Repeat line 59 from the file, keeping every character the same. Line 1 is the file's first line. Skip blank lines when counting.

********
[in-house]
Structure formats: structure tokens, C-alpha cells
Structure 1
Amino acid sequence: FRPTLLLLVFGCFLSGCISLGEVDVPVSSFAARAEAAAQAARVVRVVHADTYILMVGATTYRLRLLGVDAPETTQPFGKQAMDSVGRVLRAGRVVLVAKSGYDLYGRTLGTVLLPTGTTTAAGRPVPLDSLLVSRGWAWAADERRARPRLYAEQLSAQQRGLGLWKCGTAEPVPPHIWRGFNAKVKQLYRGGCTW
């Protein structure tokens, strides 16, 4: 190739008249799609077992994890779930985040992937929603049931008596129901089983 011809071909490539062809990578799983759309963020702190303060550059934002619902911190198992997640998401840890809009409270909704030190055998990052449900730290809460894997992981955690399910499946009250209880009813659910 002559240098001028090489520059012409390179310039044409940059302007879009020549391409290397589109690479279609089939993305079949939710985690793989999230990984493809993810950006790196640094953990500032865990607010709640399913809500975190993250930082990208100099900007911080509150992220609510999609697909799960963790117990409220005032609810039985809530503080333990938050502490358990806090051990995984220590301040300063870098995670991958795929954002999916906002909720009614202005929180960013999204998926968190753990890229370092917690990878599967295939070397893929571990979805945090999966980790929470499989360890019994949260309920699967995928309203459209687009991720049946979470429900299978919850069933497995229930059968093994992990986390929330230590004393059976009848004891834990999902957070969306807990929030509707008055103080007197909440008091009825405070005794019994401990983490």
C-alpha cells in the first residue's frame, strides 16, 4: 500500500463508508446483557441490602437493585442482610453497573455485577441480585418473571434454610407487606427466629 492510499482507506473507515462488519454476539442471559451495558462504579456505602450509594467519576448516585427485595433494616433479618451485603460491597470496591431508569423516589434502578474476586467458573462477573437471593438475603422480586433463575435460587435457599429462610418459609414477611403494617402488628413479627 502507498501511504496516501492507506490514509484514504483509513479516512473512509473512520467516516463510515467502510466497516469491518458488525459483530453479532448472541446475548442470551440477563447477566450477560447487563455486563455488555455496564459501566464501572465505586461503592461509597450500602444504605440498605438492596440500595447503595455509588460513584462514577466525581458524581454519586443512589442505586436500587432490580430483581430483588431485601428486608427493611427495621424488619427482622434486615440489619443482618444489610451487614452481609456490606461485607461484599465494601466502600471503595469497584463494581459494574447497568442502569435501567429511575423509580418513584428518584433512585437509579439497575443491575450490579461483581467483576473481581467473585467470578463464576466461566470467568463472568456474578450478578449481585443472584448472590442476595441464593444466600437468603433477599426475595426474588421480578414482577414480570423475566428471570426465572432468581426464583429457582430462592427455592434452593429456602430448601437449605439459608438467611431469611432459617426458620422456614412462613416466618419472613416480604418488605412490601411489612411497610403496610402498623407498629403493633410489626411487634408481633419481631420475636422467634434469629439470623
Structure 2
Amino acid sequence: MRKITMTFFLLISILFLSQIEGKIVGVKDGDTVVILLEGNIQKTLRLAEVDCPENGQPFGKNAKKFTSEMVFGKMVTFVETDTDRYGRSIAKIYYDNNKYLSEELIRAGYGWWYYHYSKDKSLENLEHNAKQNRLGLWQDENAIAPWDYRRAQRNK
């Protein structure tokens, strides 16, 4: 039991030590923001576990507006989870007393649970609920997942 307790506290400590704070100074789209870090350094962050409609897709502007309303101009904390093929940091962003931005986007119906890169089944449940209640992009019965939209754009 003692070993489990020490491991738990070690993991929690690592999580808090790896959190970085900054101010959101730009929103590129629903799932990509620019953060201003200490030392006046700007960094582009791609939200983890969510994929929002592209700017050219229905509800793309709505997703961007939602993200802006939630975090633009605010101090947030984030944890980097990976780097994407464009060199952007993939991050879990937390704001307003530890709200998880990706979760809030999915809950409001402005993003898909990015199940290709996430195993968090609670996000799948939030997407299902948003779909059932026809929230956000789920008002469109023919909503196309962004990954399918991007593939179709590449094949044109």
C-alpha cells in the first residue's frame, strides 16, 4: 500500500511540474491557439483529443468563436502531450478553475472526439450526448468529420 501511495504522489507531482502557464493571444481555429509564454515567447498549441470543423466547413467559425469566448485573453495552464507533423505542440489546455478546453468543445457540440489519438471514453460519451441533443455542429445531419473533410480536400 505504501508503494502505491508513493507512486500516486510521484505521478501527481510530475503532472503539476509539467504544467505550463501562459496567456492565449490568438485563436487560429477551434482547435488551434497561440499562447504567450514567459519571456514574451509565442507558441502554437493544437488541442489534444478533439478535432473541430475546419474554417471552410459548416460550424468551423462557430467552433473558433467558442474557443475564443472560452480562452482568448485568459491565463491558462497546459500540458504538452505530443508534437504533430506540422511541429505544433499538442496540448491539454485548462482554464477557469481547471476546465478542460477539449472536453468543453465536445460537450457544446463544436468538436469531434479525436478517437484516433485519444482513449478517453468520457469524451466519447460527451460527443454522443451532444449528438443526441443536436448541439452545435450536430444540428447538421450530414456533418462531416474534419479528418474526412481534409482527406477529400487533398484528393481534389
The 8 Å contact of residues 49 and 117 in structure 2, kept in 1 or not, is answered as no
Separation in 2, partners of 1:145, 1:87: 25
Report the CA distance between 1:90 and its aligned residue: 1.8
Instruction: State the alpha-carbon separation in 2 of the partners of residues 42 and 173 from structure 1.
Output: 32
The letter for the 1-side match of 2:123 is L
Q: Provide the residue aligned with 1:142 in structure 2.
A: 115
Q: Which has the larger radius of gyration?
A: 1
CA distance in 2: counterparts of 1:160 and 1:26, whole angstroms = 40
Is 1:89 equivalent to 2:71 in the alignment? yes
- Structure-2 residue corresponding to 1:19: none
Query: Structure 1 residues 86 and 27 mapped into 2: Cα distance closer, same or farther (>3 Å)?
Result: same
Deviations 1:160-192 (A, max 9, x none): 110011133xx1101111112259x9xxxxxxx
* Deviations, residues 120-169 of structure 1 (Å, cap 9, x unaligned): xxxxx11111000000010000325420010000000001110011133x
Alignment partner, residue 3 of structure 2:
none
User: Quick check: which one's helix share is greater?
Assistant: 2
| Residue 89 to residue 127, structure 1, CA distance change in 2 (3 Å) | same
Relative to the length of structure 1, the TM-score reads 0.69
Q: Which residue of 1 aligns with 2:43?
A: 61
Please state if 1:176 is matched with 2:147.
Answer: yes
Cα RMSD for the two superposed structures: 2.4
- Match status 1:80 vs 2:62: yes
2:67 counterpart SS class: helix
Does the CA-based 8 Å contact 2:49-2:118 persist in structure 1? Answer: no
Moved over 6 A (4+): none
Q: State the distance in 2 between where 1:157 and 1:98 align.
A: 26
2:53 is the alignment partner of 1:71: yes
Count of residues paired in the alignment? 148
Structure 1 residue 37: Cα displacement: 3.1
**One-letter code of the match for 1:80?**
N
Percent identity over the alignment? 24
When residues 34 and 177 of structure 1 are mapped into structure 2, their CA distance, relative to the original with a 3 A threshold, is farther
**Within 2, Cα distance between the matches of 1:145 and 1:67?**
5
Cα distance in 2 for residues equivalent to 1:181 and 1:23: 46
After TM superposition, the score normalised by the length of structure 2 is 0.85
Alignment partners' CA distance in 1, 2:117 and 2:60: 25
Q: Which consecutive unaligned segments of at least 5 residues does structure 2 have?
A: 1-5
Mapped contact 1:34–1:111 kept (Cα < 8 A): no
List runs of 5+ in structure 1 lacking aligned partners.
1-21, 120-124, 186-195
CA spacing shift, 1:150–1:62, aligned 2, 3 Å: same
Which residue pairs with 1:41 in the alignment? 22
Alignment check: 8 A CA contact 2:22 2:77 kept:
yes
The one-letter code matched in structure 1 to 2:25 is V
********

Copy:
Mapped contact 1:34–1:111 kept (Cα < 8 A): no